Which City?

All of these died in faith without having received the promises, but from a distance they saw and greeted them. They confessed that they were strangers and foreigners on the earth, for people who speak in this way make it clear that they are seeking a homeland. If they had been thinking of the land that they had left behind, they would have had opportunity to return. But as it is, they desire a better country, that is, a heavenly one. Therefore God is not ashamed to be called their God; indeed, he has prepared a city for them. (Hebrews 11:13-16 [NRSV])

All we wanderers, all we watchers, have been called: called to live in a city God has prepared for us. And moreover, at least according to some interpretations of scripture, we have been called to do more than that: we have been called to help build that city. But which city is it?

A couple of weeks ago, I saw Godspell for the first time. I know, I know, me, a 49-year-old American fan of musicals; how can I justify missing it for so long? But the fact is, I had; I knew many of the songs, but I’d never seen them performed together, never seen the whole production in one sitting–and it was tremendous, making me shout and clap and cry. Among the many, many high points of the delightful and moving high school production I saw was one song, which stood out among all others: “Beautiful City.” These were the lyrics I heard:

Out of the ruins and rubble
Out of the smoke
Out of our night of struggle
Can we see a ray of hope?
One pale thin ray reaching for the day

We can build a beautiful city
Yes, we can
We can build a beautiful city
Not a city of angels
But we can build a city of man

We may not reach the ending
But we can start
Slowly but surely mending
Brick by brick
Heart by heart
Now, maybe now
We start learning how

We can build a beautiful city
Yes we can
We can build a beautiful city
Not a city of angels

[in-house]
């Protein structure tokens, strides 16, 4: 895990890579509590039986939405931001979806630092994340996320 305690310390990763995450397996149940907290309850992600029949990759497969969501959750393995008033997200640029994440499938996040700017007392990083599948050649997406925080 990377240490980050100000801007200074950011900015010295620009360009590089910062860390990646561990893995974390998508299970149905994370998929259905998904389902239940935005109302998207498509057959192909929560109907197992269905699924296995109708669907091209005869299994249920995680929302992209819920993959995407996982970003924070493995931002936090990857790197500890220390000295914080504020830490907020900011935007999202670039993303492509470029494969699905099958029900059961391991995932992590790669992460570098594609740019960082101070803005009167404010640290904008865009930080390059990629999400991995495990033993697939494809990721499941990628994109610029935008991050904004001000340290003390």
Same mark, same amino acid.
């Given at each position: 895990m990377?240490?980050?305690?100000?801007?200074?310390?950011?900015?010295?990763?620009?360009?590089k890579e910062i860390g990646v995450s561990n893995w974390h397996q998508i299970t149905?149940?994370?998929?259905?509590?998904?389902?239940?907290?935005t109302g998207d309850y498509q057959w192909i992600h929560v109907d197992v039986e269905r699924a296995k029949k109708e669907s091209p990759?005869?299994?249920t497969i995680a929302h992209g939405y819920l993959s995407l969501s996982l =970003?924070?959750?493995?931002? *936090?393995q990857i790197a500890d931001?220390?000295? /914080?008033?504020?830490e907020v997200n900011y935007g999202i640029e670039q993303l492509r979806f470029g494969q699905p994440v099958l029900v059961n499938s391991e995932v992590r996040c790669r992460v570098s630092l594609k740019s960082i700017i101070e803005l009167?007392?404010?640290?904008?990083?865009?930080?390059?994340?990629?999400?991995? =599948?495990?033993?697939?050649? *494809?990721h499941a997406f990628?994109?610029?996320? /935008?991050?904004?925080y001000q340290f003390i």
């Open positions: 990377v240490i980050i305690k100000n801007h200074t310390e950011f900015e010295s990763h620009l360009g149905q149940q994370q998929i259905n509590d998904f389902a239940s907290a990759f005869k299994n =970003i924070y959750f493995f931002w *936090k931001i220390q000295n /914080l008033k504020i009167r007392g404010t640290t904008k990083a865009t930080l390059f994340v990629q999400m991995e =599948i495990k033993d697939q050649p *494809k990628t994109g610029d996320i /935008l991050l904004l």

But we can build a city of man

When your trust is all but shattered
When your faith is all but killed
You can give up bitter and battered
Or you can slowly start to build

A beautiful city
Yes, we can
We can build a beautiful city
Not a city of angels
But finally a city of man

It is such a powerful, sobering tune, sung as the disciples of Jesus carry His lifeless body off the stage, resolving among themselves to be strong and continue to love in the face of violence and false judgment and hate. But something about it made me wonder, and afterwards, I did a little digging, at which point I discovered something that most of the true fans of musicals out there already knew: that the composer of Godspell, Stephen Schwartz, wrote the song specifically for the movie version, but wasn’t satisfied with it–he said, in retrospect, that his lyrics were cloying and “drippy”–and so when he had the opportunity to revisit the musical, for a 1993 production in Los Angeles, he rewrote the song, changing its tone, making an oblique reference to the 1991 riots in L.A. (the “city of angels”), and moving it in the production from an exciting revelation in the midst of Jesus’s mission to a resolute declaration at its end. So rather than the version which moved me, this was the version that people sang along with for decades: